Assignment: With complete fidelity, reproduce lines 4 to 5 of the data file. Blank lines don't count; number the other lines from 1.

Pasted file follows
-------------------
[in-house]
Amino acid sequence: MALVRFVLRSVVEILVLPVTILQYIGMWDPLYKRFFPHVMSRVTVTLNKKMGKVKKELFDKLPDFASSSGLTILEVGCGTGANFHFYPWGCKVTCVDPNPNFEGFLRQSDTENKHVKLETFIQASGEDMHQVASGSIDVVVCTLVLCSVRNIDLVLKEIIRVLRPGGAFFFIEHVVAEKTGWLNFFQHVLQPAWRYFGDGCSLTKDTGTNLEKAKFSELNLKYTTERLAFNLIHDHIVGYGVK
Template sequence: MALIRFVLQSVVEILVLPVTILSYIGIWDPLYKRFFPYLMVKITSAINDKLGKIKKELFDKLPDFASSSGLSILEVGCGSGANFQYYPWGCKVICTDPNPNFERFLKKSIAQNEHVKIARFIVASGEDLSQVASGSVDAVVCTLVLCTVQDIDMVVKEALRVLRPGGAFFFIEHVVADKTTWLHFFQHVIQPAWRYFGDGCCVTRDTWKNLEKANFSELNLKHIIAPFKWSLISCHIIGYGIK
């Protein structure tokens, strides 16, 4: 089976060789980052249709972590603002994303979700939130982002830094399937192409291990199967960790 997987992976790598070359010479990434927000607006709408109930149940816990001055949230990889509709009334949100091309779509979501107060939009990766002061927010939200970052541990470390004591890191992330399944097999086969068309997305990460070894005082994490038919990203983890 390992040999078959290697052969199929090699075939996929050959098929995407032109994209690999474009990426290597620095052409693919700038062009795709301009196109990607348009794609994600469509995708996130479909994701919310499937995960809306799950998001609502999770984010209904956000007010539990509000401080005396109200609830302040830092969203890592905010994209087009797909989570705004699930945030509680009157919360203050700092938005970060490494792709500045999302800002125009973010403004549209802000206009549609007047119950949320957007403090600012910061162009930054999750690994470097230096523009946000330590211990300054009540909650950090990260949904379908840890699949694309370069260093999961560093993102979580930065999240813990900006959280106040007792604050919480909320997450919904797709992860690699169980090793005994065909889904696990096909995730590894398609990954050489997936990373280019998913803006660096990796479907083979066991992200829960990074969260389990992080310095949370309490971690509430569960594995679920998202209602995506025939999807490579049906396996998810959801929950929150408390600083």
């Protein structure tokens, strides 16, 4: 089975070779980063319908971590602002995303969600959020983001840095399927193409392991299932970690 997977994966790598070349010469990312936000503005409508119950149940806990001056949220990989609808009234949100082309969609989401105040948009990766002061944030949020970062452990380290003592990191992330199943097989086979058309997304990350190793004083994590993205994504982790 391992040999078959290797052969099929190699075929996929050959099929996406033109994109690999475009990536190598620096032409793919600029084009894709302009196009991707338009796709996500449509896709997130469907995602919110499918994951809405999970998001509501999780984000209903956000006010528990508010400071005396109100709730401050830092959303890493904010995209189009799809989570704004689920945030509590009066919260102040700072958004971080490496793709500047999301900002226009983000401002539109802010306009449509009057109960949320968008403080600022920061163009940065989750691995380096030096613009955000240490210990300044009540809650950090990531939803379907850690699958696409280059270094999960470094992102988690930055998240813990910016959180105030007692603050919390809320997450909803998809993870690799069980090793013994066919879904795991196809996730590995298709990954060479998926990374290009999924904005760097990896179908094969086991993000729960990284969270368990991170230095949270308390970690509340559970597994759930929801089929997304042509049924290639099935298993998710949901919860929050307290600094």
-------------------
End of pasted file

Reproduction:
């Protein structure tokens, strides 16, 4: 089976060789980052249709972590603002994303979700939130982002830094399937192409291990199967960790 997987992976790598070359010479990434927000607006709408109930149940816990001055949230990889509709009334949100091309779509979501107060939009990766002061927010939200970052541990470390004591890191992330399944097999086969068309997305990460070894005082994490038919990203983890 390992040999078959290697052969199929090699075939996929050959098929995407032109994209690999474009990426290597620095052409693919700038062009795709301009196109990607348009794609994600469509995708996130479909994701919310499937995960809306799950998001609502999770984010209904956000007010539990509000401080005396109200609830302040830092969203890592905010994209087009797909989570705004699930945030509680009157919360203050700092938005970060490494792709500045999302800002125009973010403004549209802000206009549609007047119950949320957007403090600012910061162009930054999750690994470097230096523009946000330590211990300054009540909650950090990260949904379908840890699949694309370069260093999961560093993102979580930065999240813990900006959280106040007792604050919480909320997450919904797709992860690699169980090793005994065909889904696990096909995730590894398609990954050489997936990373280019998913803006660096990796479907083979066991992200829960990074969260389990992080310095949370309490971690509430569960594995679920998202209602995506025939999807490579049906396996998810959801929950929150408390600083």
């Protein structure tokens, strides 16, 4: 089975070779980063319908971590602002995303969600959020983001840095399927193409392991299932970690 997977994966790598070349010469990312936000503005409508119950149940806990001056949220990989609808009234949100082309969609989401105040948009990766002061944030949020970062452990380290003592990191992330199943097989086979058309997304990350190793004083994590993205994504982790 391992040999078959290797052969099929190699075929996929050959099929996406033109994109690999475009990536190598620096032409793919600029084009894709302009196009991707338009796709996500449509896709997130469907995602919110499918994951809405999970998001509501999780984000209903956000006010528990508010400071005396109100709730401050830092959303890493904010995209189009799809989570704004689920945030509590009066919260102040700072958004971080490496793709500047999301900002226009983000401002539109802010306009449509009057109960949320968008403080600022920061163009940065989750691995380096030096613009955000240490210990300044009540809650950090990531939803379907850690699958696409280059270094999960470094992102988690930055998240813990910016959180105030007692603050919390809320997450909803998809993870690799069980090793013994066919879904795991196809996730590995298709990954060479998926990374290009999924904005760097990896179908094969086991993000729960990284969270368990991170230095949270308390970690509340559970597994759930929801089929997304042509049924290639099935298993998710949901919860929050307290600094």